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article imageIranian Soccer Stars Show Their Support for Mousavi

By Chris Dade     Jun 18, 2009 in World
With their country in a state of turmoil, more than half the members of Iran's national soccer team have made a remarkable show of solidarity with Mir Hossein Mousavi, the man who was controversially defeated in the recent presidential election.
In many countries around the world the fortunes of the nation's soccer team are followed with an almost religious-like devotion. The players in the team are national heroes, carrying the hopes and dreams of a nation when the politicians have failed to do so.
Despite their godlike status to many of their fans the truth is that a large number of professional soccer players, particularly in the major European leagues, earn sums of money undreamed of by their fellow countrymen and women and all too often they have egos to match the size of their wallets. Their only care is how and when to spend their enormous fortunes. But once in a while some individual or team will repay the fans for the faith they show in them and act in an unselfish, almost heroic, manner that can seem to justify the adulation that they are afforded.
Step forward members of the Iranian national soccer team.
Yesterday, in the South Korean capital Seoul, at least half of the eleven players who lined up for Iran in their World Cup qualifying game against the host nation sported green wristbands. Green has been the color adopted by supporters of Mir Hossein Mousavi, the man who protesters in Iran are claiming was only defeated by Mahmoud Ahmadinejad, the man who was seeking reelection to the Presidency, because of widespread vote-rigging.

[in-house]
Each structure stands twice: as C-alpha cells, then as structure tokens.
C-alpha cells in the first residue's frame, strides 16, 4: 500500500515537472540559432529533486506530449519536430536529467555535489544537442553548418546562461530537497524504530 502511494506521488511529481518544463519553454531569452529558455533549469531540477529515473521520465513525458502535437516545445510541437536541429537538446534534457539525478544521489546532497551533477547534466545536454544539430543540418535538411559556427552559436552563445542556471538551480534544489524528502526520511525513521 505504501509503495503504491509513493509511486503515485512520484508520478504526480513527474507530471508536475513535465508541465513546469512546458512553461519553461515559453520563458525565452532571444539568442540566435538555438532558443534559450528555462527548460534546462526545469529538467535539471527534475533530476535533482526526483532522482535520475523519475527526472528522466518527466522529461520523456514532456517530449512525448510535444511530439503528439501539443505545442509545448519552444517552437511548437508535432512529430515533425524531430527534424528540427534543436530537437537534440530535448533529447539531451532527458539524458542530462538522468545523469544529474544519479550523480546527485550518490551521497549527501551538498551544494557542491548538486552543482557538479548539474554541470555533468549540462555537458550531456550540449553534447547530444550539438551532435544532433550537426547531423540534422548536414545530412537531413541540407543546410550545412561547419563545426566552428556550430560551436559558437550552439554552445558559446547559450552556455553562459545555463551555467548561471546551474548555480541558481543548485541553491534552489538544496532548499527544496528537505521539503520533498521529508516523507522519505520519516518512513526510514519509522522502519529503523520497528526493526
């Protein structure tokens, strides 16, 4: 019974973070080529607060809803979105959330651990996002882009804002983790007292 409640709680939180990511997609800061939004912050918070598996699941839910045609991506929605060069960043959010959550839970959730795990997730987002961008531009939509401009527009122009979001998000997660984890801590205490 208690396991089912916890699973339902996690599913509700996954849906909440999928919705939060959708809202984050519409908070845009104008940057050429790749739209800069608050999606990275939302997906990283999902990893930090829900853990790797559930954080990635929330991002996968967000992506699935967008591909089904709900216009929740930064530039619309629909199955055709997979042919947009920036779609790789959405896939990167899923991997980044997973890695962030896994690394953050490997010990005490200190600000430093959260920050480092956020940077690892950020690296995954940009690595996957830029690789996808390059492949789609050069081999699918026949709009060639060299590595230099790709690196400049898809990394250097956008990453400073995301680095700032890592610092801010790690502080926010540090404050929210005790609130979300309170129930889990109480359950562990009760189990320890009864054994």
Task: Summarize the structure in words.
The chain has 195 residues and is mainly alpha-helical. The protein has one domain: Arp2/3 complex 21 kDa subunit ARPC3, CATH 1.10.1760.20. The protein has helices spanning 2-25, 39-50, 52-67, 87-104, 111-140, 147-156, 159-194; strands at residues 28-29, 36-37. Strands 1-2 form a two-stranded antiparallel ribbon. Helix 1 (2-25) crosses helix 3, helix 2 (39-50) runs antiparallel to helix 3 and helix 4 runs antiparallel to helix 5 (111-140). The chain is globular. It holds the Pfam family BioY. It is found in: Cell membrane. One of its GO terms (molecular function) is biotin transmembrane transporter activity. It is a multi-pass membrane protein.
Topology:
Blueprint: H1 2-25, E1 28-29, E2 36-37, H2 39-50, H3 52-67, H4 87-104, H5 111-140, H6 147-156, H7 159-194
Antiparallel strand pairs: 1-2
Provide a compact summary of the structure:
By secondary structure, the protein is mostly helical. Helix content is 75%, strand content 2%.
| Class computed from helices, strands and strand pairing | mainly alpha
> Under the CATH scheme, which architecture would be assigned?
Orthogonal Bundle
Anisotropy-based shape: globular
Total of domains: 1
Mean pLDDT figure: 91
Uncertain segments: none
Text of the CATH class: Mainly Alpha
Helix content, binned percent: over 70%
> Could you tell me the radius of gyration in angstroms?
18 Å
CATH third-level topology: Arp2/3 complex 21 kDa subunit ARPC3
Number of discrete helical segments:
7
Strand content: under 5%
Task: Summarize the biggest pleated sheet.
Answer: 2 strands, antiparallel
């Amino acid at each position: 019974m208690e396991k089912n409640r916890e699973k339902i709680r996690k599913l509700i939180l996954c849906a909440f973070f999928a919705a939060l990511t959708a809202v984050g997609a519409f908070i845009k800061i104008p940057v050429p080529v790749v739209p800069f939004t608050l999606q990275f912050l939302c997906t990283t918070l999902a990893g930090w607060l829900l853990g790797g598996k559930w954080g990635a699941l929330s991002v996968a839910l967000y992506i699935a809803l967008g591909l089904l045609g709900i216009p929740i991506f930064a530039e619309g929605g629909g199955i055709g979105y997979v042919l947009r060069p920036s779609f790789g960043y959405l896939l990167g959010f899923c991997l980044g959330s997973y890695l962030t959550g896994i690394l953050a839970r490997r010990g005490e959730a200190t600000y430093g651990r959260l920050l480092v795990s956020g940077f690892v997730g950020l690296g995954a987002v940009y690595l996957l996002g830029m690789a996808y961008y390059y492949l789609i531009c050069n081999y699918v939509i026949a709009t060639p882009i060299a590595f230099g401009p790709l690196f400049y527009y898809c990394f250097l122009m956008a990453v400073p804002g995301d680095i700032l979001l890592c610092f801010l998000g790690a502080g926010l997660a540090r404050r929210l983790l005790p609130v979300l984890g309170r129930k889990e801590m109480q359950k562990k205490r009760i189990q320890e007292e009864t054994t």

Led by captain Mehdi Mahdavikia, the players sported the wristbands for the first half of a game that was being watched live on TV in Iran. Although most of the bands had been removed when the second half began, it is thought because of instructions from the Iranian Football Federation, a very important message had already been delivered.
Time magazine reports that the newly reelected President Ahmadinejad is known to be a big soccer fan, with a particularly keen interest in the performance of the national team. Therefore the sight of many of the teams' players, who he possibly considers to be heroes of his own, expressing their support for his opponent in such a public way will surely have been a particularly hard pill to swallow.
The game itself ended in a 1-1 draw and made Iran's qualification for next year's World Cup tournament in South Africa virtually impossible. However, for Iranians everywhere, including those who attended the game in Seoul carrying a banner which read "Go to Hell Dictator" and chanting "Compatriots, we will be with you to the end with the same heart" in support of the demonstrations taking place back in Iran, it represented a massive victory for the pursuit of democratic expression.
More about Iran, Soccer, Mousavi
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